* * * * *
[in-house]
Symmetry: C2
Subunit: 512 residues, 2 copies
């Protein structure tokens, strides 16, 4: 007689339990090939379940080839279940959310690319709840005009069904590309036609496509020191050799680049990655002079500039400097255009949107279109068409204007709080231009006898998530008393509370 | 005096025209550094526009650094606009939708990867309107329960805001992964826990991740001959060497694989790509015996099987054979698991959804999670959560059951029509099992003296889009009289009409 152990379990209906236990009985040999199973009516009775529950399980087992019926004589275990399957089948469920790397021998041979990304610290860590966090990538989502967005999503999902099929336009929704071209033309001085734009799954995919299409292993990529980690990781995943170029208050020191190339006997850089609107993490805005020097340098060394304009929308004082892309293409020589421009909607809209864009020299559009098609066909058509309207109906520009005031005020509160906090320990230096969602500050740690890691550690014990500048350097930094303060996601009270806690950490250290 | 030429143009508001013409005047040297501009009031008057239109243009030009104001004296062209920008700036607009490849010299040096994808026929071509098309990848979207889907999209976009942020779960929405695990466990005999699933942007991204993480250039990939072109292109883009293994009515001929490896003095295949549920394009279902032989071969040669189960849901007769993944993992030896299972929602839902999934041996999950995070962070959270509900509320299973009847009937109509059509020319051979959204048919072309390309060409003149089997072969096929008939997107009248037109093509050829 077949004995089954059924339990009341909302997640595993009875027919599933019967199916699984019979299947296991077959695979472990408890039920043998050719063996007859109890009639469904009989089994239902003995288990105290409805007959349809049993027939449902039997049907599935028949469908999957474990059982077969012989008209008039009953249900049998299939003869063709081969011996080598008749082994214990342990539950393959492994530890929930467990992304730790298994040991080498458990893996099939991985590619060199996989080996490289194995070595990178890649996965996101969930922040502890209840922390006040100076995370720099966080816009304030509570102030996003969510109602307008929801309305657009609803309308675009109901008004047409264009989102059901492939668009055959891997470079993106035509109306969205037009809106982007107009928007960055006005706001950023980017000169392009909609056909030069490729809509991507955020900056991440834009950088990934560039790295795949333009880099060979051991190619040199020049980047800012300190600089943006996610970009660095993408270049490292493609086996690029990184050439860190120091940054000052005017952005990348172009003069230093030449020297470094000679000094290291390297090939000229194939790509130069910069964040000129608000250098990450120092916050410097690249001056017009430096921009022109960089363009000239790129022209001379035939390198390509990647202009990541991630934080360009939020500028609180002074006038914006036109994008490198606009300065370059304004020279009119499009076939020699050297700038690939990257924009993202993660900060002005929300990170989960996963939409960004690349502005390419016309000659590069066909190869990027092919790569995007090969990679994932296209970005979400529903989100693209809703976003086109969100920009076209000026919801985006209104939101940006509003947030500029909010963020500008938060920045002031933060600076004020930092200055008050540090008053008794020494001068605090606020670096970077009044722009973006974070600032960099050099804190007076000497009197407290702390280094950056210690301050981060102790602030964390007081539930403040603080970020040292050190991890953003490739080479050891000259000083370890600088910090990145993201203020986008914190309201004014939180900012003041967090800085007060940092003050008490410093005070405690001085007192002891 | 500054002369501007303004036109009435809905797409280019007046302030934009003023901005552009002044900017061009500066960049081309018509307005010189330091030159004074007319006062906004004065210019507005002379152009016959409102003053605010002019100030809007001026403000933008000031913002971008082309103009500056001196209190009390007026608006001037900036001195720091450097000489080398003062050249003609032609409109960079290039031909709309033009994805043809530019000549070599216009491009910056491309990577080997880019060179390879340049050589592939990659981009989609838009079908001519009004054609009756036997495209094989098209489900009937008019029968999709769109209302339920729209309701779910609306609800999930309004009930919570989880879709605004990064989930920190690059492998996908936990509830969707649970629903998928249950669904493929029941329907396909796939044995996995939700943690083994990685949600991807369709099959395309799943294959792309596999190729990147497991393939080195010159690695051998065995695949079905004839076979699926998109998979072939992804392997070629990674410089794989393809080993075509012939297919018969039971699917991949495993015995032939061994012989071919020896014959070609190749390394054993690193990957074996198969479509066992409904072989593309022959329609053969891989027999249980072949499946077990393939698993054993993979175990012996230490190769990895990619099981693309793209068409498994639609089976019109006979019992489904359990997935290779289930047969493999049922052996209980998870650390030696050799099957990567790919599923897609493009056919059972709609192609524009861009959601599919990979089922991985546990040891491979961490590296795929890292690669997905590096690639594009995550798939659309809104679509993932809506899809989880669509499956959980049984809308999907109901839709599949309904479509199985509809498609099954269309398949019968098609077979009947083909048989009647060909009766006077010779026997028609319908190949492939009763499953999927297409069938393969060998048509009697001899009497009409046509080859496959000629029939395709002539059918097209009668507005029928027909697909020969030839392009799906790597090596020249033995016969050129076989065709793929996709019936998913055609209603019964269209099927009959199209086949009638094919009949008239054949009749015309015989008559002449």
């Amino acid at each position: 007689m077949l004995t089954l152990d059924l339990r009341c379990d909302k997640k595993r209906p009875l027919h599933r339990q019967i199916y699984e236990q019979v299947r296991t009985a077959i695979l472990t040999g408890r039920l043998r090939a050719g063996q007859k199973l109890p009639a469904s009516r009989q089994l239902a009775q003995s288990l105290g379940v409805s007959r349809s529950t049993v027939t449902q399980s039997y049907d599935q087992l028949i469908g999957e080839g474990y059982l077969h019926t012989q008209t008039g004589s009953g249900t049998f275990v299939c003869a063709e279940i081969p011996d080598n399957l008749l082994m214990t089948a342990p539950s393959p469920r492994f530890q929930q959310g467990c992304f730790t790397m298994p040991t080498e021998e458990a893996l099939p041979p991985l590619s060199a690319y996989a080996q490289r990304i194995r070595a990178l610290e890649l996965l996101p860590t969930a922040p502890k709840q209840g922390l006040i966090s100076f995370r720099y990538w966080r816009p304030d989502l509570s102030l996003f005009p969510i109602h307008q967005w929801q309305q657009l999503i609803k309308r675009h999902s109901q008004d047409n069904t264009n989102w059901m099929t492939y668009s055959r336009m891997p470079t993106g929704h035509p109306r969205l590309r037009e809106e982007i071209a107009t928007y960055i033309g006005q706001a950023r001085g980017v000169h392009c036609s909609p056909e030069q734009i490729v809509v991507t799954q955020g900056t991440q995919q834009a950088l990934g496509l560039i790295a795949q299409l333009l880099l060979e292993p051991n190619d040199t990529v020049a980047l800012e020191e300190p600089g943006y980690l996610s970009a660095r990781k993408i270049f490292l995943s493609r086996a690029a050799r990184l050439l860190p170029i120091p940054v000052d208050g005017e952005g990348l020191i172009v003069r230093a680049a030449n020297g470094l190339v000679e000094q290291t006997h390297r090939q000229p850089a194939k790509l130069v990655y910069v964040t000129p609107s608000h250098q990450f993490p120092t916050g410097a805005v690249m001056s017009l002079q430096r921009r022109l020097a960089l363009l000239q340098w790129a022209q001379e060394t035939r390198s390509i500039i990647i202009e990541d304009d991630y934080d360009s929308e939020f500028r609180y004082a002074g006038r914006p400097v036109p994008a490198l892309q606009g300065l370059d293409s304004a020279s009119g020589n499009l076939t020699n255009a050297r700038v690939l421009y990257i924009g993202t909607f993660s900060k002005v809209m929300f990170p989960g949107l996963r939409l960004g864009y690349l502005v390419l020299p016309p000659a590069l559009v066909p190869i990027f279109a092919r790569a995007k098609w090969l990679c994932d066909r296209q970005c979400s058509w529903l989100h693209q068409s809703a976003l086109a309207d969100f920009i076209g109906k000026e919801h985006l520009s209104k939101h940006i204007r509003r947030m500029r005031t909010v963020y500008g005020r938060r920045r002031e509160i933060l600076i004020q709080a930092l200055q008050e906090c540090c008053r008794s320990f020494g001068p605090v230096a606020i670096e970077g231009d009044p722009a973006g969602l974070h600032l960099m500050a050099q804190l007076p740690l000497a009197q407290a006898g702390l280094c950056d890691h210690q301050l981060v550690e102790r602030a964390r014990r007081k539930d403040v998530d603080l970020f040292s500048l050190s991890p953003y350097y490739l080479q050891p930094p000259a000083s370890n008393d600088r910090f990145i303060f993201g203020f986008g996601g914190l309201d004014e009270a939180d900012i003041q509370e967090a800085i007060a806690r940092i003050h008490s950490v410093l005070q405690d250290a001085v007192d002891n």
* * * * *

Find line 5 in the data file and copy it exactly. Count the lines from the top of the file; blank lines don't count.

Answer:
């Amino acid at each position: 007689m077949l004995t089954l152990d059924l339990r009341c379990d909302k997640k595993r209906p009875l027919h599933r339990q019967i199916y699984e236990q019979v299947r296991t009985a077959i695979l472990t040999g408890r039920l043998r090939a050719g063996q007859k199973l109890p009639a469904s009516r009989q089994l239902a009775q003995s288990l105290g379940v409805s007959r349809s529950t049993v027939t449902q399980s039997y049907d599935q087992l028949i469908g999957e080839g474990y059982l077969h019926t012989q008209t008039g004589s009953g249900t049998f275990v299939c003869a063709e279940i081969p011996d080598n399957l008749l082994m214990t089948a342990p539950s393959p469920r492994f530890q929930q959310g467990c992304f730790t790397m298994p040991t080498e021998e458990a893996l099939p041979p991985l590619s060199a690319y996989a080996q490289r990304i194995r070595a990178l610290e890649l996965l996101p860590t969930a922040p502890k709840q209840g922390l006040i966090s100076f995370r720099y990538w966080r816009p304030d989502l509570s102030l996003f005009p969510i109602h307008q967005w929801q309305q657009l999503i609803k309308r675009h999902s109901q008004d047409n069904t264009n989102w059901m099929t492939y668009s055959r336009m891997p470079t993106g929704h035509p109306r969205l590309r037009e809106e982007i071209a107009t928007y960055i033309g006005q706001a950023r001085g980017v000169h392009c036609s909609p056909e030069q734009i490729v809509v991507t799954q955020g900056t991440q995919q834009a950088l990934g496509l560039i790295a795949q299409l333009l880099l060979e292993p051991n190619d040199t990529v020049a980047l800012e020191e300190p600089g943006y980690l996610s970009a660095r990781k993408i270049f490292l995943s493609r086996a690029a050799r990184l050439l860190p170029i120091p940054v000052d208050g005017e952005g990348l020191i172009v003069r230093a680049a030449n020297g470094l190339v000679e000094q290291t006997h390297r090939q000229p850089a194939k790509l130069v990655y910069v964040t000129p609107s608000h250098q990450f993490p120092t916050g410097a805005v690249m001056s017009l002079q430096r921009r022109l020097a960089l363009l000239q340098w790129a022209q001379e060394t035939r390198s390509i500039i990647i202009e990541d304009d991630y934080d360009s929308e939020f500028r609180y004082a002074g006038r914006p400097v036109p994008a490198l892309q606009g300065l370059d293409s304004a020279s009119g020589n499009l076939t020699n255009a050297r700038v690939l421009y990257i924009g993202t909607f993660s900060k002005v809209m929300f990170p989960g949107l996963r939409l960004g864009y690349l502005v390419l020299p016309p000659a590069l559009v066909p190869i990027f279109a092919r790569a995007k098609w090969l990679c994932d066909r296209q970005c979400s058509w529903l989100h693209q068409s809703a976003l086109a309207d969100f920009i076209g109906k000026e919801h985006l520009s209104k939101h940006i204007r509003r947030m500029r005031t909010v963020y500008g005020r938060r920045r002031e509160i933060l600076i004020q709080a930092l200055q008050e906090c540090c008053r008794s320990f020494g001068p605090v230096a606020i670096e970077g231009d009044p722009a973006g969602l974070h600032l960099m500050a050099q804190l007076p740690l000497a009197q407290a006898g702390l280094c950056d890691h210690q301050l981060v550690e102790r602030a964390r014990r007081k539930d403040v998530d603080l970020f040292s500048l050190s991890p953003y350097y490739l080479q050891p930094p000259a000083s370890n008393d600088r910090f990145i303060f993201g203020f986008g996601g914190l309201d004014e009270a939180d900012i003041q509370e967090a800085i007060a806690r940092i003050h008490s950490v410093l005070q405690d250290a001085v007192d002891n």